Hoshigaki (Dried Persimmons)
Japanese hoshigaki are a special, seasonal treat made with firm, astringent Hachiya persimmons that are dried for a few weeks until they become extremely tender and sweet. The prep is a little intensive — each fruit must be peeled, dunked in boiling water and suspended in such a way that it doesn’t touch anything, to discourage mold from forming. If the stems haven’t been cut so they’re easy to tie with string, they will require binder clips or another makeshift hanging solutions. But after the persimmons are set up, all they need is plenty of time, sunlight and air to transform into succulent hoshigaki. Slice the dried fruit and nibble it as is for dessert, pair it with good cheese, or toss it into a simple green salad.
- Serves: 24 persons
- 24or more firm, unripe Hachiya persimmons, preferably with long stems to make hanging easy
- Kitchen string, or other thin string
Step 1Wash the fruit well. Remove the leaves, then use a knife or vegetable peeler to remove the peel from the crown of the fruit around the stem. Continue to peel the entire fruit, leaving the stems intact and cutting out any brown spots. Set up a rack or bar, such as a clean laundry rack, near a window with a large piece of parchment underneath. You should be able to suspend the fruit so they don’t touch one another or any other surfaces.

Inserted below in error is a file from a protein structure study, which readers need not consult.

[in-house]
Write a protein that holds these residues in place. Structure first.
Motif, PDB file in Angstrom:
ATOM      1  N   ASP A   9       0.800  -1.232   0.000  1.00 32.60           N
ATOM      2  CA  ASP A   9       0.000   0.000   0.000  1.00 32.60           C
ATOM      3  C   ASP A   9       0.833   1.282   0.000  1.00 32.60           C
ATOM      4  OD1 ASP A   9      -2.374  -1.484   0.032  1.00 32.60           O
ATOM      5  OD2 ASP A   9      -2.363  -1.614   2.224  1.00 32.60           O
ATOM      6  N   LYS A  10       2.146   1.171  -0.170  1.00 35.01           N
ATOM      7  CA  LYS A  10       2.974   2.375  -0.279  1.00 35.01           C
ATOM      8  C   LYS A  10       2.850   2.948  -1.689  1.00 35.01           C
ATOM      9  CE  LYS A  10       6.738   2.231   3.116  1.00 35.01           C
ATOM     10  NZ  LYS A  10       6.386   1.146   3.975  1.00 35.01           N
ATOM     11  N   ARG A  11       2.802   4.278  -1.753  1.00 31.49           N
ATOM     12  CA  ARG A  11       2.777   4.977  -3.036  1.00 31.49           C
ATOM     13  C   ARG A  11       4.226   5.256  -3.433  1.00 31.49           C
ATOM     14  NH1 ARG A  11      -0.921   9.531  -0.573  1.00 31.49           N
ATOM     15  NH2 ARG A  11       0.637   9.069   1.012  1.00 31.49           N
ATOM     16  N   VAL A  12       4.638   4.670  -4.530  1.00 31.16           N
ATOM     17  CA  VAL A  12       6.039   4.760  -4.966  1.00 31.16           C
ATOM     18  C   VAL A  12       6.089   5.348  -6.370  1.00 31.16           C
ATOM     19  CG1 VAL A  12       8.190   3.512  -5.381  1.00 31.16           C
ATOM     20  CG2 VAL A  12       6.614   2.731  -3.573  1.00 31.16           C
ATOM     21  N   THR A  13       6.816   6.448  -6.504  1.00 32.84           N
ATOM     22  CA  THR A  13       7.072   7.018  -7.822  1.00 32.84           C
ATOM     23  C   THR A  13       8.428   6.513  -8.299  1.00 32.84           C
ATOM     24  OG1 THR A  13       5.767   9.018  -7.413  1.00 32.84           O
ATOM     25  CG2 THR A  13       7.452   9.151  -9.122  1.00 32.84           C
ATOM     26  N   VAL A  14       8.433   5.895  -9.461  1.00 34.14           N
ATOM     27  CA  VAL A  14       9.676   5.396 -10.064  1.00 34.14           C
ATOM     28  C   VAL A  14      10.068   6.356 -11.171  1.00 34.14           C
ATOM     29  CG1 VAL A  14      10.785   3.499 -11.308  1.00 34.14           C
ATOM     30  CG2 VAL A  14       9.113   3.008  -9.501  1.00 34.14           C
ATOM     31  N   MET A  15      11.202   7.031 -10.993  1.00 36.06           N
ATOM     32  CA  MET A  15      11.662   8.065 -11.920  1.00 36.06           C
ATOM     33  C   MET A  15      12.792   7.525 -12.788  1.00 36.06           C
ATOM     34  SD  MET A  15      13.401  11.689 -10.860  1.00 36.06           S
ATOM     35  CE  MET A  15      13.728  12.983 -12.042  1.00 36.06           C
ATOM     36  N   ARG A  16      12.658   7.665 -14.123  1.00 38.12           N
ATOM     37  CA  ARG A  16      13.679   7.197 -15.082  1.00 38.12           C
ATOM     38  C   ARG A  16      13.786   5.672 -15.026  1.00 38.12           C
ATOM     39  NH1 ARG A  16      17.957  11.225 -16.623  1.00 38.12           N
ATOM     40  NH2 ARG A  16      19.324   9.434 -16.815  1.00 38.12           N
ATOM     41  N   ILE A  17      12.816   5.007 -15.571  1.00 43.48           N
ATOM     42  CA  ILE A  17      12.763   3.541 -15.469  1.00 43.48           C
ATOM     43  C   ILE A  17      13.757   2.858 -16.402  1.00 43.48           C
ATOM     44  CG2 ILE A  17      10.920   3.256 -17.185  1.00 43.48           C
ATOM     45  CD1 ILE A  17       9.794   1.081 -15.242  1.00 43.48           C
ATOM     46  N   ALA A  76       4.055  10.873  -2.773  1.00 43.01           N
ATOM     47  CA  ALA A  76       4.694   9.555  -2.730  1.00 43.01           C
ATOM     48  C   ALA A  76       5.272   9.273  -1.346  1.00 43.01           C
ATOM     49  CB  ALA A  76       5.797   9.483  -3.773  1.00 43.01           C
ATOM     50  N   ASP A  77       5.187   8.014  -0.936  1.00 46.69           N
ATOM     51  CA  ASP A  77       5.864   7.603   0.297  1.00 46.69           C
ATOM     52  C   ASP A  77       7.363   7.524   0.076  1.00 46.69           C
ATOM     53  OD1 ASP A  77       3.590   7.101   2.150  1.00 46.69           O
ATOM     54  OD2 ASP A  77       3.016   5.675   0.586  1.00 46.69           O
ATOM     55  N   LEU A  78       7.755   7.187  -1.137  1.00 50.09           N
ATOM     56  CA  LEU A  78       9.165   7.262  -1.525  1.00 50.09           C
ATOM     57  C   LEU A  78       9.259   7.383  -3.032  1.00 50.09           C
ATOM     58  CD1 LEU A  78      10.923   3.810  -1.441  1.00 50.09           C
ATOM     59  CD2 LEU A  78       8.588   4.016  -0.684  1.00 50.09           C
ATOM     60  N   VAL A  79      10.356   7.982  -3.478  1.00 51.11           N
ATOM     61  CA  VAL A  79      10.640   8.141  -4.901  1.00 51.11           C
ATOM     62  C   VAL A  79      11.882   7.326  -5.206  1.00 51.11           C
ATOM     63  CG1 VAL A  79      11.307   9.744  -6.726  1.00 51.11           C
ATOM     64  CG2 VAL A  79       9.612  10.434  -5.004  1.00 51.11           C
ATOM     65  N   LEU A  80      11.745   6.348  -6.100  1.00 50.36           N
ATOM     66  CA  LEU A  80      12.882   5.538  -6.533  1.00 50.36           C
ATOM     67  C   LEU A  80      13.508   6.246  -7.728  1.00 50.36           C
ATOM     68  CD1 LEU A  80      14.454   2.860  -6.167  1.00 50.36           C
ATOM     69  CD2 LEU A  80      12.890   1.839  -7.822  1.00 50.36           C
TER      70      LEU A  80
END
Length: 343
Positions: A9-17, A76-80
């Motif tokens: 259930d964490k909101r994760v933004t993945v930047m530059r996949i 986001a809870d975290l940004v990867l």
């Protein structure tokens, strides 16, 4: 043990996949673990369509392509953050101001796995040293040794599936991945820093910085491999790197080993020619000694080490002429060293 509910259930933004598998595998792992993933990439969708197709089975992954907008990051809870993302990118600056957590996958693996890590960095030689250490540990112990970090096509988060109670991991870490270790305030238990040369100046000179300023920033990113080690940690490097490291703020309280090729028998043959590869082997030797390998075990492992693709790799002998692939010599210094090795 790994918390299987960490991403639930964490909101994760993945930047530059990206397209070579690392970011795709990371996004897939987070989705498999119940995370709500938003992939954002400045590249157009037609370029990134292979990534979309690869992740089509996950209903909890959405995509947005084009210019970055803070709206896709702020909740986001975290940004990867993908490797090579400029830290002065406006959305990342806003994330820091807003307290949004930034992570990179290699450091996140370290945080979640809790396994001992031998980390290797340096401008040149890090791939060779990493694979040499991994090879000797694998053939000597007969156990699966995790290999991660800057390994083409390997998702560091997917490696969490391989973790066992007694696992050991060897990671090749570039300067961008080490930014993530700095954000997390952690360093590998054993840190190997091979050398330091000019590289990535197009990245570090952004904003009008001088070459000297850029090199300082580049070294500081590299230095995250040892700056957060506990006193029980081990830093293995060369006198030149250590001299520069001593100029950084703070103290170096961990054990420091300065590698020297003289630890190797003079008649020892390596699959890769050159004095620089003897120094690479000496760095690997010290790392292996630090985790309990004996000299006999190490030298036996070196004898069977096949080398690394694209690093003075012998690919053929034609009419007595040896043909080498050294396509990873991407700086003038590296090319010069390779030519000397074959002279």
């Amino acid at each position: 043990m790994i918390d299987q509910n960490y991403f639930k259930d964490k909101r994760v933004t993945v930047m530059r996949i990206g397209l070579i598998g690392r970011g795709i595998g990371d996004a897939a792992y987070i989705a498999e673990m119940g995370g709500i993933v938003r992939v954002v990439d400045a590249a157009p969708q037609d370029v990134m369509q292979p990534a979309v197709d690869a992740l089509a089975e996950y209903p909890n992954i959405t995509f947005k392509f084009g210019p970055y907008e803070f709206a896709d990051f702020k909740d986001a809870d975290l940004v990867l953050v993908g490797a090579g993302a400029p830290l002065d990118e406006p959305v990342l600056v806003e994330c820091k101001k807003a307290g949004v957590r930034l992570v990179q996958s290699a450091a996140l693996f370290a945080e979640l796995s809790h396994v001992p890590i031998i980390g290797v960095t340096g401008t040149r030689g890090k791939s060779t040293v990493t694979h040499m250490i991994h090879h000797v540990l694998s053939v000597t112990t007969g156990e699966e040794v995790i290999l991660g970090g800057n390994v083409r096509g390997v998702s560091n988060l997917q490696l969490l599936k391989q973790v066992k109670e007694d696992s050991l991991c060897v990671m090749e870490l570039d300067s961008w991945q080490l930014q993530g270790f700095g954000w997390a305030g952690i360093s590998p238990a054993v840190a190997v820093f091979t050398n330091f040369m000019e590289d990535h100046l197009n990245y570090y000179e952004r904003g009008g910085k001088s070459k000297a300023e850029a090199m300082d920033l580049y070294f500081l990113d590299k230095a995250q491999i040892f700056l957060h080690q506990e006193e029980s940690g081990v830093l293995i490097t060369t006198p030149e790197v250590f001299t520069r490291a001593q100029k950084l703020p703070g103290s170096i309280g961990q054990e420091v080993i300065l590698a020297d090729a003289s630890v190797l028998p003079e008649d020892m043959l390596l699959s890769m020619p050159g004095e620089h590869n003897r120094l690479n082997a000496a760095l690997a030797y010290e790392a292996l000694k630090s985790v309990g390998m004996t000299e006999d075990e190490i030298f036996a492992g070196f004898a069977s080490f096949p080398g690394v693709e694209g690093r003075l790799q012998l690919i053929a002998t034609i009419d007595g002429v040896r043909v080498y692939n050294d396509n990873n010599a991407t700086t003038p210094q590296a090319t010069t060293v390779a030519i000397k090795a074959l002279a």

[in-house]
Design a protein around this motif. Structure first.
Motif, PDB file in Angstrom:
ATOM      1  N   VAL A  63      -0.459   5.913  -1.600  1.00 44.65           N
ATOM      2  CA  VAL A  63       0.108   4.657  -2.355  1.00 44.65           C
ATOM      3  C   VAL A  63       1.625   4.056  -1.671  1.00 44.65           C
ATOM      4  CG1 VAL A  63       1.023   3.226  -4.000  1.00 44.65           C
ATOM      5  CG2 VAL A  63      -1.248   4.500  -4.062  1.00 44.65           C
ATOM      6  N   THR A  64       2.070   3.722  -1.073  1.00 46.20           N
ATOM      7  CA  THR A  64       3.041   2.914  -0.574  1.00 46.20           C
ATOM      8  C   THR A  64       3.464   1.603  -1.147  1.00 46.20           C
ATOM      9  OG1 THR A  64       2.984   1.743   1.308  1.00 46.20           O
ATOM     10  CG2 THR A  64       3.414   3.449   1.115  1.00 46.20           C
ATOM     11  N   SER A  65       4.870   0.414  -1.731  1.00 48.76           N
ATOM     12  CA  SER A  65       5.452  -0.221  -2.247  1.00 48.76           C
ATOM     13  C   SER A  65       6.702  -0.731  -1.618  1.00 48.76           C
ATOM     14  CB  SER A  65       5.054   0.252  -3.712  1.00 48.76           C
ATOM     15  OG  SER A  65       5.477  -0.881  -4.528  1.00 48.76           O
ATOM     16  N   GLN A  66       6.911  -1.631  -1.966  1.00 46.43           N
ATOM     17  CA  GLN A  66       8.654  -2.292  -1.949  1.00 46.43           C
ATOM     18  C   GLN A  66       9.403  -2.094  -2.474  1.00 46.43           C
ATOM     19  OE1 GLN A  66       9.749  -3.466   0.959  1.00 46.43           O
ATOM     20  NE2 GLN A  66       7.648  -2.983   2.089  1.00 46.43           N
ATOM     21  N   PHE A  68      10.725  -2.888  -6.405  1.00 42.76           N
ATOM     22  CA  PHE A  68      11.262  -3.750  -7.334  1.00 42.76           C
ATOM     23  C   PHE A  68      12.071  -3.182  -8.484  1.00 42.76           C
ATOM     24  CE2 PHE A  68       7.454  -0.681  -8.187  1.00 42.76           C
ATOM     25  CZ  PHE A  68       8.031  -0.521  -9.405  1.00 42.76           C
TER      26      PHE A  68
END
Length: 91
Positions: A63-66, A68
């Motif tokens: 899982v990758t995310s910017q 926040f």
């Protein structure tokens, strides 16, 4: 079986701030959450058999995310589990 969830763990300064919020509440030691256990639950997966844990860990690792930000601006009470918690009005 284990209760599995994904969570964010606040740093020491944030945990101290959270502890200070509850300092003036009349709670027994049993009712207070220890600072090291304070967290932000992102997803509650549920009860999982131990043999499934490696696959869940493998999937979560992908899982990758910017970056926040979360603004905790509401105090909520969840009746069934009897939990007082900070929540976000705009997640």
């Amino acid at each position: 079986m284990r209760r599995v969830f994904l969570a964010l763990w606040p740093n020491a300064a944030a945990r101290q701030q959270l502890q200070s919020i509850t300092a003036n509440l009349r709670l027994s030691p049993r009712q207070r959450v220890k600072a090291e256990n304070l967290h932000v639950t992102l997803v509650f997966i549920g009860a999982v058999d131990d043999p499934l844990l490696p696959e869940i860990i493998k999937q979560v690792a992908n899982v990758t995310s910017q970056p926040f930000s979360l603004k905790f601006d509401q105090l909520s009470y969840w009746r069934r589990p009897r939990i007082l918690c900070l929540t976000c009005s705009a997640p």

Step 2Tie and sterilize the fruit: Cut a 20-inch piece of thin string for every 2 persimmons and tie the string to the stems of the persimmons using no-slip knots on both ends of each piece. Trim excess string if needed. If the stems aren’t long enough to tie, fix binder clips to the stems and tie those. If the stems aren’t long enough for that, run short bamboo skewers through the tops of the persimmons and tie the skewers. Bring a pot of water to a boil and, holding each piece of string at the center, dunk the fruit for a few seconds, then lift out.
Step 3Hang each string over the prepared rack, so the fruit is dangling on either side of the bars, but not touching anything. Ideally, keep the rack in a sunny, dry, well-ventilated spot, either indoors or outdoors.
Step 4After a week of drying, you can start to lightly knead the fruit every day, rolling each one gently in clean hands to help it dry evenly. Watch for any mold, which you can remove with a cotton swab dipped in alcohol, and for firm spots, which you can focus on when you knead the fruit.
Step 5Over the course of about 3 weeks, the persimmons will shrivel and shrink, and its sugars will come up to the surface and crystallize, forming a white layer. Once the sugar is visible, you can eat the fruit or continue to dry them, and you can stop kneading them. When the fruit is firm and dark and more powdery sugar covers the surface, it’s ready to remove from the drying rack and store in an airtight container at room temperature for up to 1 month or in the freezer for up to 6 months. It tastes best immediately after drying, when you can slice and eat it as is.